Schillinger goes on to describe other shapes in terms of directional movement, and then the functions of rhythmic design. It would seem that his rule-based drawings, produced at least five years before the first computer graphics, share with them certain characteristics, such as a very linear aesthetic like that of much oscilloscope art. However, as often proves the case with Computer Art, it is unknown whether he exercised much influence on the pioneers or whether they discovered their forms independently. After all, D’Arcy Thompson also had ideas of shape harmonics, canons and distortions with real-world graphical applications.[4]

Schillinger's notation of Beethoven's Pathetique Symphony

Schillinger was primarily a musical theorist who saw some application for his system in the visual arts, and for that reason his occasionally clumsy assumptions may be considered in the light of his background. After all, as Cuba pointed out, the holy grail of many composer/artists was to derive music and images from the same code. Cuba believes that music and imagery might derive from the same source but had to be treated differently and were not instantly exchangeable, at least not in an aesthetically pleasing form.[5] In William Moritz’s opinion, Mary Ellen Bute’s later pieces suffered from being too faithful to the Schillinger system.

Although Schillinger only exercised an indirect influence on Computer Art via his pupil his systematisation of mechanised art prefigured many of its concerns. Bute made animations connecting music with visual form. Her treatment of abstract imagery, and its overtly mathematical basis, was almost contemporaneous with Ben Laposky’s experiments with Lissajous figures on the oscilloscope.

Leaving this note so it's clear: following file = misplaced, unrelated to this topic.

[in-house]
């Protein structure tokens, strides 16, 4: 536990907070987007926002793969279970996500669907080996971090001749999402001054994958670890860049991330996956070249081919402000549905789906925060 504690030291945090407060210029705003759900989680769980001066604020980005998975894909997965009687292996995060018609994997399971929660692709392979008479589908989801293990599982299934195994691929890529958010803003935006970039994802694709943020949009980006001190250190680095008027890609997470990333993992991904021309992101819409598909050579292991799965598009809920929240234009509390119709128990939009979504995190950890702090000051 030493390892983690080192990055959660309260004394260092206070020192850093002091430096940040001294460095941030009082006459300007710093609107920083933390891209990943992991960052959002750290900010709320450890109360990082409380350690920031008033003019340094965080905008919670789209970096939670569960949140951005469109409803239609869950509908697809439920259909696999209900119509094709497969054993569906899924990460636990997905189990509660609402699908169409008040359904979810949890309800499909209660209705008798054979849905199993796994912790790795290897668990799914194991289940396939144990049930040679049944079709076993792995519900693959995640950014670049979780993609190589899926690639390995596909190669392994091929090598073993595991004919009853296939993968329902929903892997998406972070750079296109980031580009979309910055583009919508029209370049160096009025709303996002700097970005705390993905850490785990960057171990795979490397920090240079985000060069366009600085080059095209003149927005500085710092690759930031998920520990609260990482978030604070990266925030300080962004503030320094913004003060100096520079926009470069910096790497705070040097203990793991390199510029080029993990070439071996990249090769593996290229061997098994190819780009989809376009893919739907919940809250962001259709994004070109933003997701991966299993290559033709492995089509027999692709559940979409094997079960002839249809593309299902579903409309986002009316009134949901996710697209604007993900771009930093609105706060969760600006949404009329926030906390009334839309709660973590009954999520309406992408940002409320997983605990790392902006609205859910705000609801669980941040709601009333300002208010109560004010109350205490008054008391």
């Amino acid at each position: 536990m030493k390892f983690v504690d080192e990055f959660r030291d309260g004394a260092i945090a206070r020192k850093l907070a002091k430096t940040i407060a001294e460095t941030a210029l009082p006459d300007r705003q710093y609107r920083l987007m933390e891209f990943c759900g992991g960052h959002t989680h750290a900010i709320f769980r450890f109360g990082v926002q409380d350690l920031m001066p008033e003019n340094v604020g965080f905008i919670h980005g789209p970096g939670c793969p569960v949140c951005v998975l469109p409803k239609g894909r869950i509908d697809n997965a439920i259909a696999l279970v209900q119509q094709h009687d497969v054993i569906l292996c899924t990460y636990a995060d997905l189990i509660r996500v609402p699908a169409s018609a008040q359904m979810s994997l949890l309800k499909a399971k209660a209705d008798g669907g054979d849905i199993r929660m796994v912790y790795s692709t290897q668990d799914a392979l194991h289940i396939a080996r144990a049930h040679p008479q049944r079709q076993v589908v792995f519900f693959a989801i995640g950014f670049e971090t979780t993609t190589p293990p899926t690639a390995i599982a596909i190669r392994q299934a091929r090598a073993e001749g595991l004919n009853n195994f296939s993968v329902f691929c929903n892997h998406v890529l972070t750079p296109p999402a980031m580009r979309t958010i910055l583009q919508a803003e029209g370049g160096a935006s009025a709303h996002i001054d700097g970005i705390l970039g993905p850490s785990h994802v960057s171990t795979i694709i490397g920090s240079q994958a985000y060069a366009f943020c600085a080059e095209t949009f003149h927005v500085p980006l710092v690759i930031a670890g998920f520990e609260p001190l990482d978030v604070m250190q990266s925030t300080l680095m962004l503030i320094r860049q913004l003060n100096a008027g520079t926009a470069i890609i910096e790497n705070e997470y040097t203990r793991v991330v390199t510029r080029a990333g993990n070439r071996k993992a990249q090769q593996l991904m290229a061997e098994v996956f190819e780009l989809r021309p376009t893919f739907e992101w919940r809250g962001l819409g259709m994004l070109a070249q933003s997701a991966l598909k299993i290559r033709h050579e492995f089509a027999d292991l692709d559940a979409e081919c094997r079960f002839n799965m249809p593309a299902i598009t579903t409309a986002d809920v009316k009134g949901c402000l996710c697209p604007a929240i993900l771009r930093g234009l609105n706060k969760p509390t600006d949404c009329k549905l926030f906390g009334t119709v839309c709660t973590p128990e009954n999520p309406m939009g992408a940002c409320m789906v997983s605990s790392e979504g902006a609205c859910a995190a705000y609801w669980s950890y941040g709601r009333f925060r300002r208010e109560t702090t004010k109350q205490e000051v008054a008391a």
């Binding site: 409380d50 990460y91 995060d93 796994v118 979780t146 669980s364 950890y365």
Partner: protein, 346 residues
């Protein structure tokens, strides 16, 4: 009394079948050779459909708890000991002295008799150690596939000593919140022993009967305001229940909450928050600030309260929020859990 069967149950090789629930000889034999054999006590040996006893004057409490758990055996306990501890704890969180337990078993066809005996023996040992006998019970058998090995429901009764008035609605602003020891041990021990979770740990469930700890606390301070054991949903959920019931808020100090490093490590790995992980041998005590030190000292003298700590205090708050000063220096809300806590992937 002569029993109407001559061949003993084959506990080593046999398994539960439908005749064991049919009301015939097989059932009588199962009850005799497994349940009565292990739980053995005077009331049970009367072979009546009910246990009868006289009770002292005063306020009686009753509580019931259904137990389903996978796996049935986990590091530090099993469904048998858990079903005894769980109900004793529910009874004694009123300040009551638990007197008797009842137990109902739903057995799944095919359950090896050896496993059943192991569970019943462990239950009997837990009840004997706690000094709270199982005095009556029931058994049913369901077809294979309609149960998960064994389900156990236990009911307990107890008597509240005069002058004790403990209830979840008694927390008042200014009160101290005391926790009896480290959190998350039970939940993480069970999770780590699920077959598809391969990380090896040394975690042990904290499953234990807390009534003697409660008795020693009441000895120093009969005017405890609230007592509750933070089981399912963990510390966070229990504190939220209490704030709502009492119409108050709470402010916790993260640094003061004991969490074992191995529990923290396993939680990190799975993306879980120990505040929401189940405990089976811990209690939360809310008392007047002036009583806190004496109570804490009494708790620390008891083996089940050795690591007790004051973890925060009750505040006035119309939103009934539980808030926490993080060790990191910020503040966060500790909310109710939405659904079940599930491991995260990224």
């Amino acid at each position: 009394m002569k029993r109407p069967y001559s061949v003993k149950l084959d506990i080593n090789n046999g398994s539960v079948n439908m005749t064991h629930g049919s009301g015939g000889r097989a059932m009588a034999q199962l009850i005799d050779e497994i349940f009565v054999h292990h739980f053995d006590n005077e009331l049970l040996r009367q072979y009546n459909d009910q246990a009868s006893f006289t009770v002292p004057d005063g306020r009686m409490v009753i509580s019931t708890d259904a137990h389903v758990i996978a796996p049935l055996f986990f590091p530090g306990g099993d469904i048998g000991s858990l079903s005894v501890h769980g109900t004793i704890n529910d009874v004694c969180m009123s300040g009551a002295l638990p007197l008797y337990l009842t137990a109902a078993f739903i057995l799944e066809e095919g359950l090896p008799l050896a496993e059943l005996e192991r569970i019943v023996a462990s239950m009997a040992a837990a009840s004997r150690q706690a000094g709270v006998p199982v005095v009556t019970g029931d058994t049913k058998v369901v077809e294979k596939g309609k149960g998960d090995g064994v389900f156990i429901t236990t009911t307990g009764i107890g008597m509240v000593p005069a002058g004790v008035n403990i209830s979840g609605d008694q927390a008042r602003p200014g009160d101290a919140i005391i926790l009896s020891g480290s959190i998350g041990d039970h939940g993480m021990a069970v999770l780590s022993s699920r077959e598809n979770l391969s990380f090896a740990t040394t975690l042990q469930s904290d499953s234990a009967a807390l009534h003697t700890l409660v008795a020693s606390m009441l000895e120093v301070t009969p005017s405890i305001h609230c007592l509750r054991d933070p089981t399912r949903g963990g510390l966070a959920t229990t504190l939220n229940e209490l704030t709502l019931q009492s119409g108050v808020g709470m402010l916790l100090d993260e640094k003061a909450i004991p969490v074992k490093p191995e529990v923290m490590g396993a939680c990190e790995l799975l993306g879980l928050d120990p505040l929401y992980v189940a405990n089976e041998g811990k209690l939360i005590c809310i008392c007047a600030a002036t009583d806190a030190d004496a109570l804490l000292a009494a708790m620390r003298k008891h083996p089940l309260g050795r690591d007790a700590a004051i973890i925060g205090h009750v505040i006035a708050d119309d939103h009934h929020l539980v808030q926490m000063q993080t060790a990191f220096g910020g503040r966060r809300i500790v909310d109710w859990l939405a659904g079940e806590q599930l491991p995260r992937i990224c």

[Plate X: Mary Ellen Bute, worked with an oscilloscope in 1954, producing the film Mood Contrasts.]

Bute herself made animations with the oscilloscope, though there is no evidence that she used it as anything more than a device for making linear images. She seems to have approached it as an adjunct to her earlier animations, rather than an entirely new medium as Laposky did.  The oscilloscope remained subordinate to her chosen system of image creation.

For Laposky it represented a new way of generating formalised images, one for which the CRT screen was crucial because it allowed them to develop in a non-physical space. Superficially at least, it would seem that Bute’s aesthetic, influenced by Schillinger, was very important for the computer artists who followed in the 1960s, but her use of the oscilloscope was more of an extension of her existing ideas. Also, her oscilloscope pieces date from 1954; her collaborator Norman McLaren had experimented with oscilloscope animations in 1950. [6]

[1] Holtzman, Steven R, Digital Mantras: The Language of Abstract and Virtual Worlds (Cambridge, Mass. 1994), p159.

[2] Schillinger, Joseph The Mathematical Basis of the Arts (New York, 1948)

[3] The Mathematical Basis of the Arts Joseph Schillinger (1948, New York), p363

[4] On Growth and Form, D’Arcy Thompson (1942?)

[5] Interview with Larry Cuba, August 2001 Los Angeles

[6] William Moritz, “Mary Ellen Bute: Seeing Sound” from Animation World Magazine, May 1996